Sunday, January 13, 2013

Expensive wine vs. cheap wine

Have you ever wondered whether an expensive, seemingly impressive bottle of winereally tastes better than a bottle of Three-Buck Chuck? For the layperson (i.e. anyone who's not a sommelier), drinking wine can be an especially psychologically driven experience, influenced by numerous factors: labels, price points, bottle appearance, and even your peers, just to name a few.

But take away all those factors, pour yourself a glass of wine, and take a taste. Without knowing the price or viewing the bottle, can you really tell the difference between a $65 bottle and a $3 bottle? What do your senses really tell you when those external factors and social influences are stripped away? We wanted to find out, so we set up a blind taste test in our office. Here's how it went down:

Each taster blindly tried two types of wine side-by-side, not knowing which was which. One was from an expensive bottle, and the other an inexpensive version from the same region. We did this with two reds (Cabernet Sauvignon), and then with two whites (Chardonnay). Testers recorded which wine they thought was the more expensive of the two, and left comments explaining why. Here are the results:

Cheap Red
Trader Joe's Charles Shaw Blend Cabernet Sauvignon (a.k.a. Three-Buck Chuck), California, 2011 -- $3
Comments: "This is much smoother and rounder." "This seems to have more layers of flavor." "Much smoother and easier to drink." "Less acidic finish than the other." "I like this more than the other, but that makes me think maybe it's because my palate is unrefined?" "I have no idea which is which! This exercise makes me happy that I don't spend money on wine, as it obviously would be wasted on me."

Expensive Red
Laurel Glen Cabernet Sauvignon, Sonoma Mountain, Californa, 2007 -- $65
Comments: "Tastes like decaying strawberries." "They're too close in flavor to be $60 apart." "This has more tannins and a truer color, and it's more complex." "This is harsh and overly acidic." "This has a fuller taste and is a bit sour." "This is bland." "Strangely harsh." "This seems to open up on my tongue." "This is very tannic, you can see a ton of sediment."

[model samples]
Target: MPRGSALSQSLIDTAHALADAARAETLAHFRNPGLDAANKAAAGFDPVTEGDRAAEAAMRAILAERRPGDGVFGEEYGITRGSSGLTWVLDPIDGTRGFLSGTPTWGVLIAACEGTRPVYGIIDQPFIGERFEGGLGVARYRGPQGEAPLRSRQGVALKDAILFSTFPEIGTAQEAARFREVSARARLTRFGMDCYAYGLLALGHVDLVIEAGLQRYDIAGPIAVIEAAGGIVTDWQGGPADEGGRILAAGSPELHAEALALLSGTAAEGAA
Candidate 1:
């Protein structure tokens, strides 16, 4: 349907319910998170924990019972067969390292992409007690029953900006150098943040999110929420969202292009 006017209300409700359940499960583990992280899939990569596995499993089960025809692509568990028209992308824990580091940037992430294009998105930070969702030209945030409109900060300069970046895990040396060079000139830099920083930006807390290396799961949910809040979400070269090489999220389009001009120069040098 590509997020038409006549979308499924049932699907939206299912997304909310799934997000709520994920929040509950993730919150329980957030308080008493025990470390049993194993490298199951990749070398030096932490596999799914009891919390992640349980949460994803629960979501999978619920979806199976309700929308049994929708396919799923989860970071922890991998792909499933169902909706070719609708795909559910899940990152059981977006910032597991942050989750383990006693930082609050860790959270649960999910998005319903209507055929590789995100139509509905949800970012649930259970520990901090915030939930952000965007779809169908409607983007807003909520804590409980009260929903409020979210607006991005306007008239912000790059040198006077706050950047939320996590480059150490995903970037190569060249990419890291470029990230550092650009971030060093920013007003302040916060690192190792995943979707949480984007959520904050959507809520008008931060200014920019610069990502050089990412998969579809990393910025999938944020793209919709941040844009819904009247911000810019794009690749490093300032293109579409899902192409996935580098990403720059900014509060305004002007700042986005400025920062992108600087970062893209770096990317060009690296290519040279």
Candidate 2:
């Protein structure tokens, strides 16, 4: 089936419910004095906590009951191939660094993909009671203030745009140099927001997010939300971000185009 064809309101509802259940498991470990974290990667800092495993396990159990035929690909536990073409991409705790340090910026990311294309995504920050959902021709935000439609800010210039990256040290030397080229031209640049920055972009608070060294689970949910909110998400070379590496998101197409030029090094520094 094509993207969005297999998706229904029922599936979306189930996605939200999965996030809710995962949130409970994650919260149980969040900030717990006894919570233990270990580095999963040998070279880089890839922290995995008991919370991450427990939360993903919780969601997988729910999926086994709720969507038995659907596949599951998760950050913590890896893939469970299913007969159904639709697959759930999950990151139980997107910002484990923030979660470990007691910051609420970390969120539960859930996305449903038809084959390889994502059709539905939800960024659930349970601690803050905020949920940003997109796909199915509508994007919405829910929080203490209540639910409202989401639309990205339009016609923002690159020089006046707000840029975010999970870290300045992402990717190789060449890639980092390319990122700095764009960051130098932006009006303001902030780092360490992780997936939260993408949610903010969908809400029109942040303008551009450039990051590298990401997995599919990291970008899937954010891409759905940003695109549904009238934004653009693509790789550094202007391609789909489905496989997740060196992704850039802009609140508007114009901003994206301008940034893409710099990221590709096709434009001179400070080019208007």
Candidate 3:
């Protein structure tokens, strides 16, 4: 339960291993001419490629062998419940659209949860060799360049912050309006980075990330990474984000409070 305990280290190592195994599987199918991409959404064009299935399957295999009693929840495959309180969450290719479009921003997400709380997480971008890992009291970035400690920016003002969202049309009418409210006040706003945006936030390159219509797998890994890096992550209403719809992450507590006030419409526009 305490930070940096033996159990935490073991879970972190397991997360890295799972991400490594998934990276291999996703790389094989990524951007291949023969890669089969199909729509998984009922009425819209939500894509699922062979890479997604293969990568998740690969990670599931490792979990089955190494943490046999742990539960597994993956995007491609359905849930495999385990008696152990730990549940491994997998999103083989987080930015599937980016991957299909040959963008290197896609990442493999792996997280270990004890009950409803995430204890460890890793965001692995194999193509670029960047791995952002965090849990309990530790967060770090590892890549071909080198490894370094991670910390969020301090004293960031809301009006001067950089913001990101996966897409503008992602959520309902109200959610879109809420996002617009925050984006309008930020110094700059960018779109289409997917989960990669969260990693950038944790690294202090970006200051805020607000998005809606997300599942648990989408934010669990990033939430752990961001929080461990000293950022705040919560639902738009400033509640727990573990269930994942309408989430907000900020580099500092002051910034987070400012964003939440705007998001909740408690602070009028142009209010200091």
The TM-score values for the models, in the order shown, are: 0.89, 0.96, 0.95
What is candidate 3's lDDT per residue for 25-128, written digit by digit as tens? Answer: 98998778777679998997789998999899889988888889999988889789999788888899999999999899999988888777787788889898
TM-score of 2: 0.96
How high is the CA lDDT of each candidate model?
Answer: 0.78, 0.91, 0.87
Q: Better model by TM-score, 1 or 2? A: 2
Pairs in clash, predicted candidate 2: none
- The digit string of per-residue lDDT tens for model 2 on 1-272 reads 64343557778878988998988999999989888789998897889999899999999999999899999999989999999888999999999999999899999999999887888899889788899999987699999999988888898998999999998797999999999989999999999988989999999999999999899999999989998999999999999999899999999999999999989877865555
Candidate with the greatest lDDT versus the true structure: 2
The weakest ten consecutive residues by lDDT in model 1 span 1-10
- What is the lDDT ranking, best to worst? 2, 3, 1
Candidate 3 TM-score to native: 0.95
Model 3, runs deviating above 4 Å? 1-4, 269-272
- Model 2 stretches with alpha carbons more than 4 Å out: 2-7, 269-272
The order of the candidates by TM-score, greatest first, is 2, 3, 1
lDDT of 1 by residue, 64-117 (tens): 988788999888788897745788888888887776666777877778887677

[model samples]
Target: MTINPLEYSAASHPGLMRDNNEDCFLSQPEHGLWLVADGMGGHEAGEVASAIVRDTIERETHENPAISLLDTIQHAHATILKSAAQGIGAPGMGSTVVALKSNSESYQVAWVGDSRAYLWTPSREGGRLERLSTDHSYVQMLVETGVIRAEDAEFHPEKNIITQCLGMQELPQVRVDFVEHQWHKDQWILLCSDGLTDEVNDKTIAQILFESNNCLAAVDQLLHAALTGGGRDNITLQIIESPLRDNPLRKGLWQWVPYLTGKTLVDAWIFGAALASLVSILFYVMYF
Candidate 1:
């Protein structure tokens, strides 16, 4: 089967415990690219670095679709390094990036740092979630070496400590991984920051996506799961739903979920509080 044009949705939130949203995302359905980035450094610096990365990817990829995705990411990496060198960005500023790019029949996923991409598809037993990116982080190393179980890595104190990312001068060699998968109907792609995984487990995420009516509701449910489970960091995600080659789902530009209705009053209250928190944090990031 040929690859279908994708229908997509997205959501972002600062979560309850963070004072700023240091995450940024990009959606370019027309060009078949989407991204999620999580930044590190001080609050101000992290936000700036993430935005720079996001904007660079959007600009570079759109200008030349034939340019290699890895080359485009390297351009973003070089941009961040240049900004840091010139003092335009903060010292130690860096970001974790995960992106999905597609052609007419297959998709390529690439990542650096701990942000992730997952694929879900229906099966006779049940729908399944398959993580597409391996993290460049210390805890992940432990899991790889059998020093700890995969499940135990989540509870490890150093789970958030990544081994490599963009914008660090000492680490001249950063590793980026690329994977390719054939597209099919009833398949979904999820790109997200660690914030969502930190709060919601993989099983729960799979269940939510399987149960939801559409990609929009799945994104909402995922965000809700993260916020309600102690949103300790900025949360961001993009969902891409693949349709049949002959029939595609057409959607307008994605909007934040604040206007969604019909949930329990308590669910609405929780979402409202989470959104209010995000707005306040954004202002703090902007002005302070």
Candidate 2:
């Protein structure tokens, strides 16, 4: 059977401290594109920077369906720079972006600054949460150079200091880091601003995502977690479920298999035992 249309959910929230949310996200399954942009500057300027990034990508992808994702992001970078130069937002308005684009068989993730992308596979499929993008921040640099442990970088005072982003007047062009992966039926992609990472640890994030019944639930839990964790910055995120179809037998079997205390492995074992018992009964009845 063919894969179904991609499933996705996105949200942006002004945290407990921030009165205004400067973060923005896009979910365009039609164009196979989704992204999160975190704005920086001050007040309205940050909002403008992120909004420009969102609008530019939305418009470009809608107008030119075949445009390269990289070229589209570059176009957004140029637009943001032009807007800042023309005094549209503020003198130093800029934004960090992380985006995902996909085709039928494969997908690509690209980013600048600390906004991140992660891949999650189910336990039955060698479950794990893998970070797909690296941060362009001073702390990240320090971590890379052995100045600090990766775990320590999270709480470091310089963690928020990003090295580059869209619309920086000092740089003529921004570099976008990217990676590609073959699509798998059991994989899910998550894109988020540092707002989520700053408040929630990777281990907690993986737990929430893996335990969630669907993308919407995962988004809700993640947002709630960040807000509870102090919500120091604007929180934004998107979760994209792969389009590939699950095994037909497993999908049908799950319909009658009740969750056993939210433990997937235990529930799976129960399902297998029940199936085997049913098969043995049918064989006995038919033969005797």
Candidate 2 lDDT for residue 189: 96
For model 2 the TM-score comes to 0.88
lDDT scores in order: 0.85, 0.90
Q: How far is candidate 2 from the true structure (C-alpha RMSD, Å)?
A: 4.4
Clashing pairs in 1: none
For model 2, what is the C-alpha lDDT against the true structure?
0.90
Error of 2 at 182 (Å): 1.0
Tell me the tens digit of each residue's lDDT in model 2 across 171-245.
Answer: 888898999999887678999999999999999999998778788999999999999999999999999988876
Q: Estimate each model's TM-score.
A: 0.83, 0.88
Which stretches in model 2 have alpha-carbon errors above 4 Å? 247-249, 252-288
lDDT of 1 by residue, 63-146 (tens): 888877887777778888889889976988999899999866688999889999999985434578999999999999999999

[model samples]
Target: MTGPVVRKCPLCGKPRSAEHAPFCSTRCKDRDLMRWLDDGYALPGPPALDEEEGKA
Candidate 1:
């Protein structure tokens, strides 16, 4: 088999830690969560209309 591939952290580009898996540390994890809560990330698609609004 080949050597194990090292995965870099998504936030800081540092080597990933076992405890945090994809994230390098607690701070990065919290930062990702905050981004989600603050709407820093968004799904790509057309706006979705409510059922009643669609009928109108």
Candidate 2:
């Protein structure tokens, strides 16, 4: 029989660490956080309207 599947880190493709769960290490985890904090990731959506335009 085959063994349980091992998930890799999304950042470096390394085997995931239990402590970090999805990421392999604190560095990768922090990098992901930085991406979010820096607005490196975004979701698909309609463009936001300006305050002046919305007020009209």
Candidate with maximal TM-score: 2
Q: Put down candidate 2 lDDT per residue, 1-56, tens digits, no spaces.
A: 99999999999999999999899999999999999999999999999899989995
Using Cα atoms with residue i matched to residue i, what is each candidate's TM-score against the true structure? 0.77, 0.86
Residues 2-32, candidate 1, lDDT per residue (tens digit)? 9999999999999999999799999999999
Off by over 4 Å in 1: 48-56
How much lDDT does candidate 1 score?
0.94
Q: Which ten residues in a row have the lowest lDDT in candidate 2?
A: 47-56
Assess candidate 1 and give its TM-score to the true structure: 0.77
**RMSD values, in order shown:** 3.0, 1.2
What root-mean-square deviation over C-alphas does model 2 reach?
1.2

Price difference: $62
Tasters' verdict: Only 38 percent of our tasters correctly identified the more expensive wine, and 62 percent preferred the $3 variety from Trader Joe's. Surprising, right? Think about how much more wine those tasters can get for their buck.

Cheap White 
Glen Ellen Reserve Concannon, 2010 Chardonnay, California -- $5
Comments: "Too fruity and just tasted really unsophisticated -- like the wine I bought in college when I only had a few bucks to spend." "This is much softer and rounder. A little sweet, but I like it better." "This is quite thin and one-note." "This was hard to drink for me." "Paler, glassier and milder than the other." "Tastes much oakier and I'm assuming that when it comes to Chardonnay, more oak equals more loot?" "This tastes worse to me, but has more pronounced legs."

Expensive White
Cakebread Cellars Chardonnay, Napa Valley, California -- $45
Comments: "I'm finding this much harder to differentiate than I expected." "This is more drinkable and drier, which I assume makes it the cheap one." "This has no flavor." "This is spicier, sweeter, thicker -- still, has a cleaner finish than the other." "Seems more complex." "This has a much smoother quality." "This is a little bitter but has a nice effervescence."

Price difference: $40
Tasters' verdict: 60 percent of our tasters correctly identified Cakebread Cellars as the more expensive wine, but many comments suggested there wasn't much difference between the two (see comments in the slideshow below -- and trust us, you'll want to read the comments).

There are two lessons to be learned from this. The first is that wine drinking is a subjective art. The second? Don't judge a wine by its price. (All the more reason to get out there and try some new wines, right?)


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